Lock-Clock: Aztec Treasure [Review]

lock-clockLocation: Lock-Clock, Gothic Quarter, BarcelonaSpain

Date completed:  April 2017 (5 players). Succeeded escaping!

Creativity: 8; Difficulty: 5.5; Atmosphere: 8.5; Fun: 8.5

Requirements:

  • No language required; hints in English or Spanish (Castillian)
  • 2-5 players

Yo-ho-ho, a pirate’s life for me! Yarr… Actually, no really. They would spend months in the sea pillaging and lacking vitamins, which is not all that appealing. But everyone has played pirates before, right? And their popularity has had a recent resurgence, reinforced in recent years with the Pirates of the Caribbean movie franchise and Black Sails tv series. A key part of this genre has been the treasures taken from the new world, shipped back to the Spanish crown in treasure fleets, which were some of the prime targets of pirates because they would transport tons of gold and silver from Latin America to Europe.

Lock-Clock used the historical background of Spanish navigation to create a very fun and family-friendly escape room, Aztec Treasure (Tesoro Azteca, in Castillian). You are the assistant team to Captain Pablo in a galleon loaded with gold. In an unfortunate night a storm hits and the ship is sinking! Your mission is to recover as much of the treasure as you can. If you will retrieve it for your boss or sell it to the pirates later, it’s your call… But find the gold coins, yaaarrrr!!!

lockclock-pirata3.jpgAztec Treasure takes place in a very well decorated room – the captain’s cabin. A recording of Captain Pablo himself welcomes you explaining the mission: search the room for the 20 pure gold coins he hid away in his cabin. His late assistant, now a skeleton, sits motionless at his desk. (No, this is not the sort of escape room where it will move and give cheap scares. You can approach it at no risk).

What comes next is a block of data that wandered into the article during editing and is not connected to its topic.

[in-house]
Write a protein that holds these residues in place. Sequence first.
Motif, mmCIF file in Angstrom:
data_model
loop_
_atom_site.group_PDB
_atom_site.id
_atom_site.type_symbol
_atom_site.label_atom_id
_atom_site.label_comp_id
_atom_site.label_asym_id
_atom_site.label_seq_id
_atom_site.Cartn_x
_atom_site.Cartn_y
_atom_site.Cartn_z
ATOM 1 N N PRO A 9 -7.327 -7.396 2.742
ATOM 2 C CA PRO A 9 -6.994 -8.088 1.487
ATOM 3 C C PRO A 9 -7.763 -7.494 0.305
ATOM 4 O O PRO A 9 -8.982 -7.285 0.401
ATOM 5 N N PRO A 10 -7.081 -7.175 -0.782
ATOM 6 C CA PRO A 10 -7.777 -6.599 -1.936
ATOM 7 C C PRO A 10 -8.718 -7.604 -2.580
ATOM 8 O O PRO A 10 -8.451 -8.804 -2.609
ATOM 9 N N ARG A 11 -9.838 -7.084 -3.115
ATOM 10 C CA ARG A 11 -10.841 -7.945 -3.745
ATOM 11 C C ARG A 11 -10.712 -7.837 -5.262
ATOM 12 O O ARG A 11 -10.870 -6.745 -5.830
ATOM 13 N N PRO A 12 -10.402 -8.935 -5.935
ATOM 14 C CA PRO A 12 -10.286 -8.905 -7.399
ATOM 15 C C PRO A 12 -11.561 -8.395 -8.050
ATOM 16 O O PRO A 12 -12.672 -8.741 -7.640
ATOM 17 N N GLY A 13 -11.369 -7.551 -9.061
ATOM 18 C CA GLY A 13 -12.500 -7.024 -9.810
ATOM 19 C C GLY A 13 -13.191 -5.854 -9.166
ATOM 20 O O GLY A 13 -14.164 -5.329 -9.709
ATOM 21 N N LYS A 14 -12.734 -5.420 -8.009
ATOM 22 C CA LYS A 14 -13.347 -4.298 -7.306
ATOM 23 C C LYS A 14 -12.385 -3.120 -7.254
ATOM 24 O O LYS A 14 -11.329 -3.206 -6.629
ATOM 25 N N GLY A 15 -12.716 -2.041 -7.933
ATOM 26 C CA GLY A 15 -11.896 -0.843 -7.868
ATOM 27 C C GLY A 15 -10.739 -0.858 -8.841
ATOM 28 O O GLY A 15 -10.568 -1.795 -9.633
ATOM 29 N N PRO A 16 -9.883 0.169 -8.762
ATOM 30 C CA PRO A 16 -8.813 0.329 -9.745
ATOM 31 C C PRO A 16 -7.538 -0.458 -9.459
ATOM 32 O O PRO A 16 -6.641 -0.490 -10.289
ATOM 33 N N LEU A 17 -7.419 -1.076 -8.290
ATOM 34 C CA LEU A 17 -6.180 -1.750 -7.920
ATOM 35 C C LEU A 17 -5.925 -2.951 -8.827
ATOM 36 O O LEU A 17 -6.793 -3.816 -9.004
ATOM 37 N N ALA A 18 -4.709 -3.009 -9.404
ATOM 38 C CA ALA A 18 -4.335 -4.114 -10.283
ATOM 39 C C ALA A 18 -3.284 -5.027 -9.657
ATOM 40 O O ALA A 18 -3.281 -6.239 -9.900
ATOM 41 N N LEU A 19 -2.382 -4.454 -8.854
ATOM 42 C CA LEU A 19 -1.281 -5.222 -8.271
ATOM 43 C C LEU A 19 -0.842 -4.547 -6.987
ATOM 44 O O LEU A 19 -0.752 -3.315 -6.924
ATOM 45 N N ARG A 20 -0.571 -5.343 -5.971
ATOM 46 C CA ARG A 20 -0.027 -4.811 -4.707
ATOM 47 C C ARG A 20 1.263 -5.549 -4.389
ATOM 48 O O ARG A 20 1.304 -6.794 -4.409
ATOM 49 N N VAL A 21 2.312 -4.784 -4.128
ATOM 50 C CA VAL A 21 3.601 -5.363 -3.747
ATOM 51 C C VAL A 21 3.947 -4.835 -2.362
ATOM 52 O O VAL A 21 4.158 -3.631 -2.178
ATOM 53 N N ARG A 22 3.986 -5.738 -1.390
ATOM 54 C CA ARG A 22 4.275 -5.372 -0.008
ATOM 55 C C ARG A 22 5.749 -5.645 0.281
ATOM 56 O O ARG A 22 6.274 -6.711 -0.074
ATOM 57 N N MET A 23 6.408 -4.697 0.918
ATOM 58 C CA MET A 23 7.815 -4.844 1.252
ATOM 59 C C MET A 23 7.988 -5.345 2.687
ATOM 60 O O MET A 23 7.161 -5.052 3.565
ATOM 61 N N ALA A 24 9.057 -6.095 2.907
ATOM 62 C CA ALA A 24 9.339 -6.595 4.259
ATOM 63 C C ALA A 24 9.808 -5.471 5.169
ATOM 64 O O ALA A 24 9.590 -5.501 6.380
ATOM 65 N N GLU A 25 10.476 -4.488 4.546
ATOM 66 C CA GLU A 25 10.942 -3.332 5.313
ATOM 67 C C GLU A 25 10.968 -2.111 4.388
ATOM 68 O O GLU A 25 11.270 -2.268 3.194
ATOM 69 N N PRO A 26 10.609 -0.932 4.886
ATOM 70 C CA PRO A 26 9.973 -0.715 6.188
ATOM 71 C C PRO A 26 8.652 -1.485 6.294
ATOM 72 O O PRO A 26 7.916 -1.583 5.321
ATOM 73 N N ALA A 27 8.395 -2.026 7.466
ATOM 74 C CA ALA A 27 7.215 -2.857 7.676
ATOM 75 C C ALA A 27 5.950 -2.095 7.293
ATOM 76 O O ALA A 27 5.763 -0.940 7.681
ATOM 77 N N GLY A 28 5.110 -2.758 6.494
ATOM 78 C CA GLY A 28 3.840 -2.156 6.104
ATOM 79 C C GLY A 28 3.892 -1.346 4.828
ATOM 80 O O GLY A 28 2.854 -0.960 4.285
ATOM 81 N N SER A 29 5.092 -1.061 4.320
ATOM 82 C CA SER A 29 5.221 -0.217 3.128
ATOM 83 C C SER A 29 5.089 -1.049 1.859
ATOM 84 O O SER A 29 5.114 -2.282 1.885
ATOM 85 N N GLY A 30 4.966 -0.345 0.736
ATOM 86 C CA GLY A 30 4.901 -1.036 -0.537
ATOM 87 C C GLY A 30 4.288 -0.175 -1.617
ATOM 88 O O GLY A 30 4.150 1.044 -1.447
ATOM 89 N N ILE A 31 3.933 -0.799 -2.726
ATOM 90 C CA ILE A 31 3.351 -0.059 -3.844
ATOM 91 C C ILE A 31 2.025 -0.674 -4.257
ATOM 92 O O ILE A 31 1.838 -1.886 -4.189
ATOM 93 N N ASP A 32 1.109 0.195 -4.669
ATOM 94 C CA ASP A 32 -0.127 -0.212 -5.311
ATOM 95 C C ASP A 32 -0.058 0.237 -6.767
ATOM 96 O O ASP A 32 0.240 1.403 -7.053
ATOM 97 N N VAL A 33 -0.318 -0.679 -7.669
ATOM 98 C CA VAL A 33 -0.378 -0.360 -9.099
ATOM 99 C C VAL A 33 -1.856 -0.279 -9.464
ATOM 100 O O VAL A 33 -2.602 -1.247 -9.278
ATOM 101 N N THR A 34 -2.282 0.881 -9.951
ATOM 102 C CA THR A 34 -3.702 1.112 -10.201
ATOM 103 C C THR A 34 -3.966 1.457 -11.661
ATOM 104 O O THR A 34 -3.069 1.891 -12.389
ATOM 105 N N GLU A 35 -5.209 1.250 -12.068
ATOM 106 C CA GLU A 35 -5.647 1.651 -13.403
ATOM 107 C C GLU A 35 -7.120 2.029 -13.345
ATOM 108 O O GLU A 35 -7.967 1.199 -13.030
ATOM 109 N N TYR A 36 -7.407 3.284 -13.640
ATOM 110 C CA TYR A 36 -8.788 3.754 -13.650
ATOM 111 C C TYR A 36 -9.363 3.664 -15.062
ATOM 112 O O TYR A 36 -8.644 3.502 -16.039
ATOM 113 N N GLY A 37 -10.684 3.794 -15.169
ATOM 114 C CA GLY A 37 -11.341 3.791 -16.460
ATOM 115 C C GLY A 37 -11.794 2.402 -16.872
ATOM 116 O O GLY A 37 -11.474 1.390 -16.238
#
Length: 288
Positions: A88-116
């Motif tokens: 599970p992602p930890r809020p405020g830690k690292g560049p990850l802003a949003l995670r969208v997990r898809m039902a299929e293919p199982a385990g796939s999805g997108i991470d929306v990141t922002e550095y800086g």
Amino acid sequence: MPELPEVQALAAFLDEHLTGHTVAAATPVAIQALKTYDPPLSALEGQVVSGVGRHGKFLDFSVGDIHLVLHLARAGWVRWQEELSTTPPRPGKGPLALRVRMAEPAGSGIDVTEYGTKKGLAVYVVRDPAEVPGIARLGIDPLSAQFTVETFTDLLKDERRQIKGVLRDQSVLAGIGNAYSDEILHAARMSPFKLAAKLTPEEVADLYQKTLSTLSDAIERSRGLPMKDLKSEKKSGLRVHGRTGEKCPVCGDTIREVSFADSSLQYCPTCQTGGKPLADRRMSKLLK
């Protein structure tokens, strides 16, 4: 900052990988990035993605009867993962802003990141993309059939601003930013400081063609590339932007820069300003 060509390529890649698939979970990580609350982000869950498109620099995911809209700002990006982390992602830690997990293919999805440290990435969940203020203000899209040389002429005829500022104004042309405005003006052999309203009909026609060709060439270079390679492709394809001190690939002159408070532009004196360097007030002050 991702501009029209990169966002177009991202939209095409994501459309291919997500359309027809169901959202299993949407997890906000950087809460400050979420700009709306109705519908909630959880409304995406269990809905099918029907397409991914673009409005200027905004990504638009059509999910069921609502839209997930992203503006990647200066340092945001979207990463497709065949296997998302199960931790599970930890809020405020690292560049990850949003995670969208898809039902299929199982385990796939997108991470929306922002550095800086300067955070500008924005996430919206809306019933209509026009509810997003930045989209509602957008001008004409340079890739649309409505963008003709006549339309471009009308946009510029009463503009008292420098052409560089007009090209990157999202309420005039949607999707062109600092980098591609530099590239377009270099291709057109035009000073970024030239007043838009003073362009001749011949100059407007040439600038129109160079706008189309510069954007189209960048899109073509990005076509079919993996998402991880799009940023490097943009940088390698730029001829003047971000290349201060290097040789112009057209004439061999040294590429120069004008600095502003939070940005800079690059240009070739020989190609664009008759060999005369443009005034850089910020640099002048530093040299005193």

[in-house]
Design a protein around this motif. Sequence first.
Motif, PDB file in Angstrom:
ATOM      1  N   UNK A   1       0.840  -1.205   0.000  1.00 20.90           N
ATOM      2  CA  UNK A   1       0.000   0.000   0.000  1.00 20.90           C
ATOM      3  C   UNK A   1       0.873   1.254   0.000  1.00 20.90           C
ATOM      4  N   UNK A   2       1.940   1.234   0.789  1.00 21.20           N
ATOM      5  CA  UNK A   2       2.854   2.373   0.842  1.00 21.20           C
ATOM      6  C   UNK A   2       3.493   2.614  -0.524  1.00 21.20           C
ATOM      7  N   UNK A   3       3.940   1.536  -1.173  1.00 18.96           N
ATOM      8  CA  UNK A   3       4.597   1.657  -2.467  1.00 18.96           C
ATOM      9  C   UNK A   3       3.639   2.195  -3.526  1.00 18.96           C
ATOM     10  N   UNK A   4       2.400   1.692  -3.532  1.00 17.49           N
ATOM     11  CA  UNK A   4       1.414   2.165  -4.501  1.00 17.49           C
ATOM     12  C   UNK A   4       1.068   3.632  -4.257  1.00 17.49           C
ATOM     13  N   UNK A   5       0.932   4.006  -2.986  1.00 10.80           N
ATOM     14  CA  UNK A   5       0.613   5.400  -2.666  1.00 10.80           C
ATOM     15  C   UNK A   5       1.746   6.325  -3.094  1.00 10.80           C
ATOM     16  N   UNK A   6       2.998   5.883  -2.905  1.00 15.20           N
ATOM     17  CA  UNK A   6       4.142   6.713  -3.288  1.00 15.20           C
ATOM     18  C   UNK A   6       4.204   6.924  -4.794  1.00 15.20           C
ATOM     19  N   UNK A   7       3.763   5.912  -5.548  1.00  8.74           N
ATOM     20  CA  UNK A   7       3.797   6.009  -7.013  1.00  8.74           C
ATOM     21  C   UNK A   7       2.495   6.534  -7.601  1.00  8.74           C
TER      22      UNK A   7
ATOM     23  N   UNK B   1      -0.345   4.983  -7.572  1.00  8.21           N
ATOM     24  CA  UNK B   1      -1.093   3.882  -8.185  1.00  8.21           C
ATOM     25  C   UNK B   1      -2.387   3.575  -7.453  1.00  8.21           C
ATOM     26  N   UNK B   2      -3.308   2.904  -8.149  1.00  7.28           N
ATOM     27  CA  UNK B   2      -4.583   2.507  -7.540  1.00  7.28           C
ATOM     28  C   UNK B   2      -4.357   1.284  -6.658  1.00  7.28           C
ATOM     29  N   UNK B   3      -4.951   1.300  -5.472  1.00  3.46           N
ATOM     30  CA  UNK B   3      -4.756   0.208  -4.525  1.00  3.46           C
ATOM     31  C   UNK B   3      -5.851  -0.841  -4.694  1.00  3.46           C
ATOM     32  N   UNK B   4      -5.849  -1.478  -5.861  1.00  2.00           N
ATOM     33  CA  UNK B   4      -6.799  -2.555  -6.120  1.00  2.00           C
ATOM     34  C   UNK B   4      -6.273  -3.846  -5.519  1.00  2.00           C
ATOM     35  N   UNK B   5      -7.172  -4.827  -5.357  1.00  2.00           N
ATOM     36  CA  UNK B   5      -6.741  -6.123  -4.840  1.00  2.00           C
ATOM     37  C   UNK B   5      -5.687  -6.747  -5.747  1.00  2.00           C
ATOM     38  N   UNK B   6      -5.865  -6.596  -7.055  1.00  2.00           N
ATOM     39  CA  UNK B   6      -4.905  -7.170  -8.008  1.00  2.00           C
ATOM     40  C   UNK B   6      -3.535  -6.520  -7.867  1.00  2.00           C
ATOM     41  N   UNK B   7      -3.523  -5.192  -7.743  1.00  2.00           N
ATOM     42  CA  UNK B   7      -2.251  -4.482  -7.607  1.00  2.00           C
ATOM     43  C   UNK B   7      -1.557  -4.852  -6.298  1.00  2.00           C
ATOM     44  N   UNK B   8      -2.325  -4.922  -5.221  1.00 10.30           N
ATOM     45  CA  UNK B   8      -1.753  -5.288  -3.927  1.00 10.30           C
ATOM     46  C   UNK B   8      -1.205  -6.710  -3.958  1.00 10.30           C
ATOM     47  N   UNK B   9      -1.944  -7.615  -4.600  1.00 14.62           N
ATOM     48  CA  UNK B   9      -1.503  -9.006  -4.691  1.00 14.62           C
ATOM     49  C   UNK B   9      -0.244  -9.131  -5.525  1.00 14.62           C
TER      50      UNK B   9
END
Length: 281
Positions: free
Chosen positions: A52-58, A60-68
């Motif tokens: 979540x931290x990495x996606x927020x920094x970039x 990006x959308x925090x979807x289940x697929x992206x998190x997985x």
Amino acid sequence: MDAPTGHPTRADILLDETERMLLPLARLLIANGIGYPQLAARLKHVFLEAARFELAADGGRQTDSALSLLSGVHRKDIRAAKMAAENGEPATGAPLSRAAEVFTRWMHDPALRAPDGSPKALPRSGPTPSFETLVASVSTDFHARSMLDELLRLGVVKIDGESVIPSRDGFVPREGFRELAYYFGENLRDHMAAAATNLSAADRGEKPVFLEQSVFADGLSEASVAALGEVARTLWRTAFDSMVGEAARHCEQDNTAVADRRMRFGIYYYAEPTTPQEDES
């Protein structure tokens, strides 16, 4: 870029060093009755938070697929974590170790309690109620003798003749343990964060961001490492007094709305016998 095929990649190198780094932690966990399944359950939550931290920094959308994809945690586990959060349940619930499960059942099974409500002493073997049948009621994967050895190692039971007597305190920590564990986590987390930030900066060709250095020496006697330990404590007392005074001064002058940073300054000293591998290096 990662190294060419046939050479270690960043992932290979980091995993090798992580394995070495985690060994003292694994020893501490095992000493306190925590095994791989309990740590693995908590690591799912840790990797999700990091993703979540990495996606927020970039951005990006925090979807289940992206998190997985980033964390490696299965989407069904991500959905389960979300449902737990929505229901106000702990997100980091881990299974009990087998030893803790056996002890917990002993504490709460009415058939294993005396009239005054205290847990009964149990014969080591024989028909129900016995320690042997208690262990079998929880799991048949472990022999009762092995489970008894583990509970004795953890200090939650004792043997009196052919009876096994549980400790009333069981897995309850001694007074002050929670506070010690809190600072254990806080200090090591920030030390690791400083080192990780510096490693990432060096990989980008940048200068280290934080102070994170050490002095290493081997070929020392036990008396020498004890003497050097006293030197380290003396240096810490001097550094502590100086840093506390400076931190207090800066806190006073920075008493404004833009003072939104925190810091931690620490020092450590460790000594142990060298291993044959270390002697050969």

Once the clock on the room started, we quickly started rummaging and found that there was much more to the trappings of the cabin than meets the eye. As we progressed through looking for the Aztec Treasure, I really enjoyed how Lock-Clock created so many puzzles inside a room without making any of them too obvious. Most of them were well embedded in the captain’s cabin and the designers of the room found ingenious ways of hiding things in plain sight. We found only one part of Aztec Treasure that screamed “look, I’m a puzzle!”

Speaking of puzzles, they were a combination of clever search tasks, association and basic deduction work. Their difficulty varied from the very easy, such as finding hidden coins, to puzzles which have layers. There was even a bit of physical activity – nothing too strenuous though. This isn’t the real deal on the high seas. Have you ever used a telescope, a globe or pulled ropes to adjust sails? Nothing was too complex, and we manage to recover all 20 coins in 40 minutes, more or less. As the game is completely non-linear, everyone in a team should be able to find something different to do.lock-clockpirata2.jpg